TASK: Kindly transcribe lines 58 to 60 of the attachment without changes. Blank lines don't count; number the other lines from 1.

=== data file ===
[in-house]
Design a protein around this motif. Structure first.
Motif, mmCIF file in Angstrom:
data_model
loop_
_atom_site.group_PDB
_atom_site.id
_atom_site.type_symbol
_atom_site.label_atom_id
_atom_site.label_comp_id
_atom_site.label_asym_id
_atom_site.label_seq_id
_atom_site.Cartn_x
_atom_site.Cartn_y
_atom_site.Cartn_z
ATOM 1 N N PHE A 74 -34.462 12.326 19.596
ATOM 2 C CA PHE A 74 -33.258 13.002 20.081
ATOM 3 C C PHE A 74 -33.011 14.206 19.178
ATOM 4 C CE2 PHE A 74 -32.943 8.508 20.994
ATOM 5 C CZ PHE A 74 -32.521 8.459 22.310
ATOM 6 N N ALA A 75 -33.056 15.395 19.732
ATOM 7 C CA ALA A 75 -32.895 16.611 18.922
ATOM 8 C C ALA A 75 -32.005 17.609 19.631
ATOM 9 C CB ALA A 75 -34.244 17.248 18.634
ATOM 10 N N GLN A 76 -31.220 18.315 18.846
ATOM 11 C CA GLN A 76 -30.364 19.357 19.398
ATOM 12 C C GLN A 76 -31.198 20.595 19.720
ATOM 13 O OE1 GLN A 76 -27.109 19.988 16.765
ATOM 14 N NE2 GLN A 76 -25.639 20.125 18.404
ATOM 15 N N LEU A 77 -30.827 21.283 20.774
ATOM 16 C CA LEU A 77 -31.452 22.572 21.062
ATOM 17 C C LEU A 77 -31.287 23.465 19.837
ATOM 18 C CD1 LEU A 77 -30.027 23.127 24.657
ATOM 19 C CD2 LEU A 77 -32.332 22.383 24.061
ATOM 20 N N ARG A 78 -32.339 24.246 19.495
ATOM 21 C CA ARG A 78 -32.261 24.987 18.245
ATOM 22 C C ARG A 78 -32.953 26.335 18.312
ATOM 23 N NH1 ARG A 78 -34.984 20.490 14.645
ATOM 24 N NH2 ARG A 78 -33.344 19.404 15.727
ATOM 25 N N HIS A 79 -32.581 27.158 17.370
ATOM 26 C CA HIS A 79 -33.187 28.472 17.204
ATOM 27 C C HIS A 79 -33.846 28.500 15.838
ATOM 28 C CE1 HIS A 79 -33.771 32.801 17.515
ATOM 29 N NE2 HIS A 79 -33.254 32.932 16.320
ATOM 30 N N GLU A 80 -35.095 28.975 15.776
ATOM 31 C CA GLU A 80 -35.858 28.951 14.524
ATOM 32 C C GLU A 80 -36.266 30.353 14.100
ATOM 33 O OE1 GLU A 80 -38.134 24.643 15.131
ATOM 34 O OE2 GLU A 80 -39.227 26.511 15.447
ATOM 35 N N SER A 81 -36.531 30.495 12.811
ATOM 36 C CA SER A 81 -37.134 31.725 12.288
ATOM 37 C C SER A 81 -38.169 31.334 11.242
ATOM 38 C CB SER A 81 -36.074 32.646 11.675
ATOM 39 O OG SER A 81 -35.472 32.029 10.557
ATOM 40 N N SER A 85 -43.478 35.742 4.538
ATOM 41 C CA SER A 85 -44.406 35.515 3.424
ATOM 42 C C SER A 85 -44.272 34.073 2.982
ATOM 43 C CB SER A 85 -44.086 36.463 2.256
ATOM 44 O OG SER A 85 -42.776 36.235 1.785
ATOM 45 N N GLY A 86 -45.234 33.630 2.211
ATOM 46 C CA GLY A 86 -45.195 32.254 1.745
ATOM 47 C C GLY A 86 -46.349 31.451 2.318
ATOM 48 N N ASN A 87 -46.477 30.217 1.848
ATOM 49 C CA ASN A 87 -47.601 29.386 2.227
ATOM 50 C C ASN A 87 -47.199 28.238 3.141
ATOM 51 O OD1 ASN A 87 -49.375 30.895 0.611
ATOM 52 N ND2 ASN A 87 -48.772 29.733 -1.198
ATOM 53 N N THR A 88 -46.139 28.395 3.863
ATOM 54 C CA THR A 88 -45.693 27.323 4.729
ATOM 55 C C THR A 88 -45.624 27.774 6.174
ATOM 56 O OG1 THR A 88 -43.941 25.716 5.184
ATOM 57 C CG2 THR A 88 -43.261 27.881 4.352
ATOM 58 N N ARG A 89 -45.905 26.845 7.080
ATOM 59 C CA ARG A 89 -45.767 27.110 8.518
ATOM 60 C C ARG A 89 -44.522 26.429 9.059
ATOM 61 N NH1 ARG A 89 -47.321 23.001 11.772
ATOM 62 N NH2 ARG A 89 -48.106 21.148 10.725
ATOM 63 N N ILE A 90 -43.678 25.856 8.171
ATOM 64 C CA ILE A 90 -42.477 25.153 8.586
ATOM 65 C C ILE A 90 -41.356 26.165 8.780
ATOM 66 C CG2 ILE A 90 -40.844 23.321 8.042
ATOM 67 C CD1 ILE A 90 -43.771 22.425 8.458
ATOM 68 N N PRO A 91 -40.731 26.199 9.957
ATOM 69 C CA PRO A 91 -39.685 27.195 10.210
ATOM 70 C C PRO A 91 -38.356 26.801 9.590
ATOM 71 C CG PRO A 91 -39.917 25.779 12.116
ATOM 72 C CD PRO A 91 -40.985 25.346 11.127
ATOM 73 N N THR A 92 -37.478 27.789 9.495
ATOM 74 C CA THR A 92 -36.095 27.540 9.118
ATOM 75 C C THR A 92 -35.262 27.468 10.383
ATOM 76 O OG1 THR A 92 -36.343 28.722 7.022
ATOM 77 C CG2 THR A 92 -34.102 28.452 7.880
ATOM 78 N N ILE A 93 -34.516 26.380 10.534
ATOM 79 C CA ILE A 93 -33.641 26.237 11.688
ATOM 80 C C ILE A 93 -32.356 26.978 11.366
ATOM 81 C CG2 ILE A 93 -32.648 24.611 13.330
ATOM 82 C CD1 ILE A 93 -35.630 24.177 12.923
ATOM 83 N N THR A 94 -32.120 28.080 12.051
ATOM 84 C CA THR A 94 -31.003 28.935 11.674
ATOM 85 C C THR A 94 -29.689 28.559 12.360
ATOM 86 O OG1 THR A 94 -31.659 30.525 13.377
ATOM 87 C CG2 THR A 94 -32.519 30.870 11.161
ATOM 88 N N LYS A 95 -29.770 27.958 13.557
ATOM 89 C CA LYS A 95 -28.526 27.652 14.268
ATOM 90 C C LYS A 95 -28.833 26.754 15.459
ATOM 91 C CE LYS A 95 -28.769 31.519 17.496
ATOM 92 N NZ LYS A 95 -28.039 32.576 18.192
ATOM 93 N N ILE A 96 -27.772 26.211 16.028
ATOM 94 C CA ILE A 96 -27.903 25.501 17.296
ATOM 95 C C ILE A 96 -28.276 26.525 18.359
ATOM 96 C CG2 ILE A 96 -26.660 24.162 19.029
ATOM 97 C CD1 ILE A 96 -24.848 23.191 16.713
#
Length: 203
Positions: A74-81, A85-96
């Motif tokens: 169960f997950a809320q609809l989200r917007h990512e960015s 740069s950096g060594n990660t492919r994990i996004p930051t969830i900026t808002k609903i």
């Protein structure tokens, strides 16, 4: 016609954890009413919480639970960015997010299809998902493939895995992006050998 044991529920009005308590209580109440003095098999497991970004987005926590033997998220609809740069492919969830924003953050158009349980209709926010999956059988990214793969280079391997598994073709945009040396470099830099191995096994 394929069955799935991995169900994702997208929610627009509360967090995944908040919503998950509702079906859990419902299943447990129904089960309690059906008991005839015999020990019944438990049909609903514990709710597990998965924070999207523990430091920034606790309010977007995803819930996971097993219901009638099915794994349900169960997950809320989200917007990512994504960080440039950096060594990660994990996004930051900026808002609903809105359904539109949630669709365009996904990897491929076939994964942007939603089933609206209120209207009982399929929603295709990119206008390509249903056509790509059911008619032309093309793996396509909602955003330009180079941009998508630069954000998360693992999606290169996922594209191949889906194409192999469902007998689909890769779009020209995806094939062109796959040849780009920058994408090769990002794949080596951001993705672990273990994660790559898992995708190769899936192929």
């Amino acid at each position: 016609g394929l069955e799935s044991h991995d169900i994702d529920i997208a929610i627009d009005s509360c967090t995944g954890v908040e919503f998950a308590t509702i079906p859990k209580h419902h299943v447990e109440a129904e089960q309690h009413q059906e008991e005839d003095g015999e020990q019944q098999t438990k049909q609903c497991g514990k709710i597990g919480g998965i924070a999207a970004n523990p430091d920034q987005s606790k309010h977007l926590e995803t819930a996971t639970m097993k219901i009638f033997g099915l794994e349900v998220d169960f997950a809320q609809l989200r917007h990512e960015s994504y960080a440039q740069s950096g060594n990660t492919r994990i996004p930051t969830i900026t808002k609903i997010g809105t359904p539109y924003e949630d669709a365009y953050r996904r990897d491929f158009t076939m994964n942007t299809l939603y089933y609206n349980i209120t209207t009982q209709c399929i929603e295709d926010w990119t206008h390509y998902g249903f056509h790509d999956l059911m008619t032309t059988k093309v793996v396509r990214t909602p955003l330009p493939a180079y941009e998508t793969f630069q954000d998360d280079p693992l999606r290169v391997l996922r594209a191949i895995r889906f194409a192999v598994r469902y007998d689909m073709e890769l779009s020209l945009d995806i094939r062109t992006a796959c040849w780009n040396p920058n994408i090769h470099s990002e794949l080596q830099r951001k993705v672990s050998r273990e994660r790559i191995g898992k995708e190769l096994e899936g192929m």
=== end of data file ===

ATOM 43 C CB SER A 85 -44.086 36.463 2.256
ATOM 44 O OG SER A 85 -42.776 36.235 1.785
ATOM 45 N N GLY A 86 -45.234 33.630 2.211